Objectivity and Bifurcationism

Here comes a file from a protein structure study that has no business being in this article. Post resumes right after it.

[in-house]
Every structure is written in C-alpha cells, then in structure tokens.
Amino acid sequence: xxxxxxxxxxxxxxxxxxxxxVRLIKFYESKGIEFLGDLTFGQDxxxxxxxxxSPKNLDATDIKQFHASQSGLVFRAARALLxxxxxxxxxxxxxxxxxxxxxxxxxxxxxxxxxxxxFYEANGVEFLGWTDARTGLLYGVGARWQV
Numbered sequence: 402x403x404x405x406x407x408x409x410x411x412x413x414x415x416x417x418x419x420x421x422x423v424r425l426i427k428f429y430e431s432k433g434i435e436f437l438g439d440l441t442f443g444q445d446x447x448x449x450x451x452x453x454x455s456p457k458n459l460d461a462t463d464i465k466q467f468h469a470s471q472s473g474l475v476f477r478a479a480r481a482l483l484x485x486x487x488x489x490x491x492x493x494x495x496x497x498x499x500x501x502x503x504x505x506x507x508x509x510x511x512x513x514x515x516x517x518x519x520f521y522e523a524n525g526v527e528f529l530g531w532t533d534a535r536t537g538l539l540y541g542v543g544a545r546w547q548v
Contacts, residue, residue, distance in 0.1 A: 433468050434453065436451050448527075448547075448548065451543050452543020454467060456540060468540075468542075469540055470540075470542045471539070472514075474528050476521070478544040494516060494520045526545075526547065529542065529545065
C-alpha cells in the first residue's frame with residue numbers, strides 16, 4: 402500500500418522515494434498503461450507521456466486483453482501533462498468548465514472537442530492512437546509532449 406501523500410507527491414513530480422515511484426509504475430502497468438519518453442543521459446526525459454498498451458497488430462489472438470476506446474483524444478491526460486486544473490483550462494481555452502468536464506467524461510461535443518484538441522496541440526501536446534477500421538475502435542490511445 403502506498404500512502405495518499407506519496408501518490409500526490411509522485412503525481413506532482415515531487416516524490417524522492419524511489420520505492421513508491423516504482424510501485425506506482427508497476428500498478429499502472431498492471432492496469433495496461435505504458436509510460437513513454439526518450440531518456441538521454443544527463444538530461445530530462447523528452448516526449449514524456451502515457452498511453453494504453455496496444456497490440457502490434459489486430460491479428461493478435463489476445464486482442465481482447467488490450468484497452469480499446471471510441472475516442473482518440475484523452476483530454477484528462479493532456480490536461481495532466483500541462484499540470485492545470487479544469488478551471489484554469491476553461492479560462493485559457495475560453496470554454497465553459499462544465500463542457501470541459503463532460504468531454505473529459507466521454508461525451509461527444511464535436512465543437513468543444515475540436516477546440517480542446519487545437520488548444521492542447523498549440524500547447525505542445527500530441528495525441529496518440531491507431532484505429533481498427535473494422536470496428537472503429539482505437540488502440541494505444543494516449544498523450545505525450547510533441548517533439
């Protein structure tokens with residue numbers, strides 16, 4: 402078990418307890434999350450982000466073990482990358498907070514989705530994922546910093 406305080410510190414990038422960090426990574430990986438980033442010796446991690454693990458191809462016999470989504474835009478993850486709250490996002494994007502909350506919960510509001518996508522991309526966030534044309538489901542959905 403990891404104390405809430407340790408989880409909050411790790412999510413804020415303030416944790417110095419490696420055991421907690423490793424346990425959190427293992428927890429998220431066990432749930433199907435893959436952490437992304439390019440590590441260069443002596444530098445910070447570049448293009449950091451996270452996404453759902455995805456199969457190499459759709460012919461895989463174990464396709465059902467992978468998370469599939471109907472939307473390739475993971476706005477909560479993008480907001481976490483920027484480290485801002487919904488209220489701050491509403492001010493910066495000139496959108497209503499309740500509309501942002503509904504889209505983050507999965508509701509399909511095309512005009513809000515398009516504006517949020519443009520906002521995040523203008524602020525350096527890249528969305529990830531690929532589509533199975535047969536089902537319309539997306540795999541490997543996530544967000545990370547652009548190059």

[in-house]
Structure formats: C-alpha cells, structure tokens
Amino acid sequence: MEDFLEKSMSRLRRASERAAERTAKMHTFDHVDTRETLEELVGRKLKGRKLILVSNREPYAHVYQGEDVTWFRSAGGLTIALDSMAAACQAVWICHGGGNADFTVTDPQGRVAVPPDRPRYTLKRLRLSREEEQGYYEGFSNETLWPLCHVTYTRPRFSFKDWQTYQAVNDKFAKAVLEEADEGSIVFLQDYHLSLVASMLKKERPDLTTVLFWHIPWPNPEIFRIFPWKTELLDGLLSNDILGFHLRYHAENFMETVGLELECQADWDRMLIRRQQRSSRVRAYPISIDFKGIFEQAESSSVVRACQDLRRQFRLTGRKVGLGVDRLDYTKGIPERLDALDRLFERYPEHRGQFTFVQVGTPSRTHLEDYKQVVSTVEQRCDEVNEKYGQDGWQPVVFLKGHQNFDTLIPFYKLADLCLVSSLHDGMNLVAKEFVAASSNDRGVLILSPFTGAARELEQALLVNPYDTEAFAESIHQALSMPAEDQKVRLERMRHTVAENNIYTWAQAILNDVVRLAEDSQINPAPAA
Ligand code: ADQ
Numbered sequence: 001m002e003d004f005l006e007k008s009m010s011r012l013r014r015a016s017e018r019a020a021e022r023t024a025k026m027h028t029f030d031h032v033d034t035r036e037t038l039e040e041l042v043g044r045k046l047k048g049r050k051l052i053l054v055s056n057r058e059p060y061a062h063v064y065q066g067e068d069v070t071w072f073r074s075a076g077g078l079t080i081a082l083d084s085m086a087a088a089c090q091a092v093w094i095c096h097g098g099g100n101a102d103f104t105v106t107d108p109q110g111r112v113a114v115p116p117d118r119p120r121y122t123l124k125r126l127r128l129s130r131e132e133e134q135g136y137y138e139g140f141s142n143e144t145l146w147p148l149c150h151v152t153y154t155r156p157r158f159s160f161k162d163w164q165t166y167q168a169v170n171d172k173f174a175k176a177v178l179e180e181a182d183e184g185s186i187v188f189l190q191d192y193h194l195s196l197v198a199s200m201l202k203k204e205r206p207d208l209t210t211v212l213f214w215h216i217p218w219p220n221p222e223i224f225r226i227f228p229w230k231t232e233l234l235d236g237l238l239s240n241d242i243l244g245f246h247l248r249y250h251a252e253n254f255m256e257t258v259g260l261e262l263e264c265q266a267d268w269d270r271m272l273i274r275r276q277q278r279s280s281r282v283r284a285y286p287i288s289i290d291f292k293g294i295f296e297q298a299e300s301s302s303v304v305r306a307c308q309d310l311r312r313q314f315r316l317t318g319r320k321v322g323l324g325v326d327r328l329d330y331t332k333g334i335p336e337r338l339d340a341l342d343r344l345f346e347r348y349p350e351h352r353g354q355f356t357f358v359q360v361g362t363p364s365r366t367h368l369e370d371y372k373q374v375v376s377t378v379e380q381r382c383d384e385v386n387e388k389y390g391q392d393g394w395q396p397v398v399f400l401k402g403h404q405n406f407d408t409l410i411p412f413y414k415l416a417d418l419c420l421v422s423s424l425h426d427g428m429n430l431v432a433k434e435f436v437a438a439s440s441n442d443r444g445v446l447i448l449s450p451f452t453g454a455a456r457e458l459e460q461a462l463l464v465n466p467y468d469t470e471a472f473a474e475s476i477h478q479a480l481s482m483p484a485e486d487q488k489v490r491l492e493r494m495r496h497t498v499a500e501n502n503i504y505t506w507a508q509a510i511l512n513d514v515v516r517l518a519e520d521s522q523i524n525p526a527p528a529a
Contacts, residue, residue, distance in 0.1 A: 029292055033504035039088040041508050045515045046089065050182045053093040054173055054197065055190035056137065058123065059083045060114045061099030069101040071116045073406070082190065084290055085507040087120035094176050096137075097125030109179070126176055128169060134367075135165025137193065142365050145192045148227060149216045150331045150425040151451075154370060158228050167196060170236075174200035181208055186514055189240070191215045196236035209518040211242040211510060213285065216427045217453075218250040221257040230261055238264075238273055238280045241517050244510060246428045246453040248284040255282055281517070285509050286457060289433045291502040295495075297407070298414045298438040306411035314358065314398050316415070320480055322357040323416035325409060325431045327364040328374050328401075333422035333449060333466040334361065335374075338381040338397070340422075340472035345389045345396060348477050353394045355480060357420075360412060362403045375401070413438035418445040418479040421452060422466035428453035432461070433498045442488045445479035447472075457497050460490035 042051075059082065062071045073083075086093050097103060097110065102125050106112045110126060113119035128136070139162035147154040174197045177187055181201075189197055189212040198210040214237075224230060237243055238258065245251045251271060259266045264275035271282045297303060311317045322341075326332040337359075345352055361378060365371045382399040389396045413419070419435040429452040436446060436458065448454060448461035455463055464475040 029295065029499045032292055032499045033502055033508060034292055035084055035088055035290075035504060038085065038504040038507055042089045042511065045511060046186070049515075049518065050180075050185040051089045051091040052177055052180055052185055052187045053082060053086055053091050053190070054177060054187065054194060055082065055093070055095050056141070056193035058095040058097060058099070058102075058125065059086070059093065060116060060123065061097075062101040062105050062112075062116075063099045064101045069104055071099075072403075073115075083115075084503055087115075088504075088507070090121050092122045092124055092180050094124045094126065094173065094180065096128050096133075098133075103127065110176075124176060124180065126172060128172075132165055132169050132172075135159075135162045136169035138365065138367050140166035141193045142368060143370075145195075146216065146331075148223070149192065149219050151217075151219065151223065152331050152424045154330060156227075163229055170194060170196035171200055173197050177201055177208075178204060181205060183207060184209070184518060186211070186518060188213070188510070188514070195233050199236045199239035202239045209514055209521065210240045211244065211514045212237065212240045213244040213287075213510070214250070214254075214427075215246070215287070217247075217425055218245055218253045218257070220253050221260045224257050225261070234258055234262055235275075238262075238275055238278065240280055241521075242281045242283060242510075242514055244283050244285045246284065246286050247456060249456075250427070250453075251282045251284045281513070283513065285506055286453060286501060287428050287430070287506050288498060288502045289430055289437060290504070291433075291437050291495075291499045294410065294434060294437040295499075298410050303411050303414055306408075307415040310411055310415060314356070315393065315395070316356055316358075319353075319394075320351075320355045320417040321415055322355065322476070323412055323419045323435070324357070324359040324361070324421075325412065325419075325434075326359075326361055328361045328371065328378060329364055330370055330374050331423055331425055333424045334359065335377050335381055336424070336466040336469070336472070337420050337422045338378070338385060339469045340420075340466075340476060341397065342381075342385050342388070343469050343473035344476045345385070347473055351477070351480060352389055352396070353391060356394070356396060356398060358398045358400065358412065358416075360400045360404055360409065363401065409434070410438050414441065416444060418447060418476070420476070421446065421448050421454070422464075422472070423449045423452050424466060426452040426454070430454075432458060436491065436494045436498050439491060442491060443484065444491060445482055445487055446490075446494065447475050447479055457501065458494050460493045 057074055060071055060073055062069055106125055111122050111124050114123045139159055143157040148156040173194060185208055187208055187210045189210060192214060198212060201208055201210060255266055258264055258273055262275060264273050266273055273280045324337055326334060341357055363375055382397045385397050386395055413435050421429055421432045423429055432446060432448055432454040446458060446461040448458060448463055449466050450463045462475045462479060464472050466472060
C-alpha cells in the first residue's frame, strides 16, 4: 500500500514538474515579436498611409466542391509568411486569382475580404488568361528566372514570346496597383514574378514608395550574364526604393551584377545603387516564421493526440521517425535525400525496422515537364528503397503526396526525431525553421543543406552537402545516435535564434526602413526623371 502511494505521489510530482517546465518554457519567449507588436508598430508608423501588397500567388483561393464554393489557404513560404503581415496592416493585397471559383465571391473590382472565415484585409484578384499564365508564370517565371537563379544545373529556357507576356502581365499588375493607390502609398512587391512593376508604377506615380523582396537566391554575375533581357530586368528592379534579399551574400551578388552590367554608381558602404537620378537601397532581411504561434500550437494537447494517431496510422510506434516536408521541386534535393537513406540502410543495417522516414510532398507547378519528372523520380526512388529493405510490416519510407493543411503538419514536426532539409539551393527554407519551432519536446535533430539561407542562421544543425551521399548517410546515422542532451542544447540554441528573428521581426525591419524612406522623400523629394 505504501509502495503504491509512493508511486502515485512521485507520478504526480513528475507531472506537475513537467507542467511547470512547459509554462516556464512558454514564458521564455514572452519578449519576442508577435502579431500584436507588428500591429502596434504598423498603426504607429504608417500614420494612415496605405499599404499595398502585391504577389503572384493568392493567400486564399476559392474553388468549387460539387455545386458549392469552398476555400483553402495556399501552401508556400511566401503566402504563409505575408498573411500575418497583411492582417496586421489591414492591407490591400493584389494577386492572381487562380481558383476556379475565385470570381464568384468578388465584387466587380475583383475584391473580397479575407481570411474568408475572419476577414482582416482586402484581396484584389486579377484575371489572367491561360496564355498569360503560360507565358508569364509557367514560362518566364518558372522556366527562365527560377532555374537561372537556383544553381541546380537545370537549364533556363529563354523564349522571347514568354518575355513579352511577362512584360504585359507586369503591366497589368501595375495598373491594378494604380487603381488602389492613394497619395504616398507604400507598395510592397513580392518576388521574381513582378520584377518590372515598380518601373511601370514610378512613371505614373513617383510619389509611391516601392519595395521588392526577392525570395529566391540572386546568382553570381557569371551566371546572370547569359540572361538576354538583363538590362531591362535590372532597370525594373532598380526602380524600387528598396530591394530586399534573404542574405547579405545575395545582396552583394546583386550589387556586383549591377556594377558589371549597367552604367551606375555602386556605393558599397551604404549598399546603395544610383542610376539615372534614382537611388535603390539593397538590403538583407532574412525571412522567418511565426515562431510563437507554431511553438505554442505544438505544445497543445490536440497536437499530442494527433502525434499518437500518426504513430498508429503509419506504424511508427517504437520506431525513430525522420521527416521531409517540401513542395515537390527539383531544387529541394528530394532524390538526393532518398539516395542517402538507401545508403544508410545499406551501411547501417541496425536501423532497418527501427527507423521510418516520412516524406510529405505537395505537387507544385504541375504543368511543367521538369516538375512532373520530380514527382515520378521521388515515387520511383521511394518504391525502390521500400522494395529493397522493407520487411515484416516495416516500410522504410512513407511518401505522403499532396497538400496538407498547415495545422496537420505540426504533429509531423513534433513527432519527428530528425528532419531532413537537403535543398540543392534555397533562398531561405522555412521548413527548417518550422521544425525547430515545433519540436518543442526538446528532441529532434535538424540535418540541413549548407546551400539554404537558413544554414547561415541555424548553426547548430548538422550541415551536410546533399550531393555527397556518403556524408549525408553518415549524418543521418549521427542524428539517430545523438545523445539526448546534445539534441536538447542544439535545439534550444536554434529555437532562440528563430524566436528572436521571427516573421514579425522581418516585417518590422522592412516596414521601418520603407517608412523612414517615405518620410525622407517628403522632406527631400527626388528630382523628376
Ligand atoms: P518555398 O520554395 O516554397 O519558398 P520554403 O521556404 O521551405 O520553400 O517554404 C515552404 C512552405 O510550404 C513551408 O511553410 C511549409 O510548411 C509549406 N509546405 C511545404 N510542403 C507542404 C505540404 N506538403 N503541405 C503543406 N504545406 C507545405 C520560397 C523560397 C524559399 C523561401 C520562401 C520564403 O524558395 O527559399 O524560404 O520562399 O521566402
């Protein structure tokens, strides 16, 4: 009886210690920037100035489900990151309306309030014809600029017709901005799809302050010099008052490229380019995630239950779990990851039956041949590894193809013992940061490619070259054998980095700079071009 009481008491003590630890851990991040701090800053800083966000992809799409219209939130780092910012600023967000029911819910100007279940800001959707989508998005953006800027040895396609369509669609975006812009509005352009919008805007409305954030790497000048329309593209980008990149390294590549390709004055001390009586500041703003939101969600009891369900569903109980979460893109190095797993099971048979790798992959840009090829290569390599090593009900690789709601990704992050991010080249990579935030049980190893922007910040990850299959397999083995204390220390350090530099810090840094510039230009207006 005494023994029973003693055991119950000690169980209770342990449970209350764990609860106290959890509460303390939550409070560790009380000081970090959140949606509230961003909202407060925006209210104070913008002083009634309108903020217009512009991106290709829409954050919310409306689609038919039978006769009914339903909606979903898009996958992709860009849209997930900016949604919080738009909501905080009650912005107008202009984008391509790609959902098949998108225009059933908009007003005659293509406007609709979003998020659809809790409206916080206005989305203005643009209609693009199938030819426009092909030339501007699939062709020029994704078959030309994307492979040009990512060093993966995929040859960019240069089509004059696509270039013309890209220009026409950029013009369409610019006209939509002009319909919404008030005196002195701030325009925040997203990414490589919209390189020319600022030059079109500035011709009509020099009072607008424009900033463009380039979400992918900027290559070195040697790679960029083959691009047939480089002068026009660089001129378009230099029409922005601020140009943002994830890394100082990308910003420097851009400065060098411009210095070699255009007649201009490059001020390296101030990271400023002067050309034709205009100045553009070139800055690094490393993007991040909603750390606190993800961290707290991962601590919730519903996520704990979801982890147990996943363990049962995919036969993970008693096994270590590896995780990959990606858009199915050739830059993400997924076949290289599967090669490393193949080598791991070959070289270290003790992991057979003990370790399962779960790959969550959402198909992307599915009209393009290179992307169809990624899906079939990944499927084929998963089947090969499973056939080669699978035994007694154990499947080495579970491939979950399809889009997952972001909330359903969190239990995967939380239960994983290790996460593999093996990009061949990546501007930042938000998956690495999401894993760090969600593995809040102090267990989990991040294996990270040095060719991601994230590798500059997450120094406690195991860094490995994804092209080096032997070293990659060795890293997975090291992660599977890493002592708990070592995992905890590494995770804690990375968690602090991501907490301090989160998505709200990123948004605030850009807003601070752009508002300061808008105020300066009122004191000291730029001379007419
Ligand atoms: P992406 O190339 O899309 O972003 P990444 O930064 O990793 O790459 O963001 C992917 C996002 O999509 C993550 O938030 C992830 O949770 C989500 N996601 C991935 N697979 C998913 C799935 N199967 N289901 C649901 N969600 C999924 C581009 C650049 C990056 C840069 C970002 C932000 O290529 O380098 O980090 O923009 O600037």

On one view, what gives us a grip on the idea of a mind-independent world is our commitment to its describability from no point of view. On another, what gives us a grip on the idea of a mind-independent world is our capacity to employ a primitive theory of perception, in virtue of which we think of our perceptions as explained jointly by the way the world is and our own position in it. My question is: to what extent, and in what sense, is the latter a serious alternative to the former? Some of McDowell’s most powerful arguments against the possibility of an absolute conception are extensions of his arguments about the distorting effects of combining bifurcationism about ethical concepts with appeals to the absolute conception in framing questions about the reality of ethical value. I will be suggesting that when we try and extend these arguments to similarly structured debates about the location of consciousness in the world, we see that appeal to the primitive theory only provides a serious alternative to the absolute conception if we think of the demonstratives deployed in the theory as mediated by experiences that are both world-dependent and concept-independent.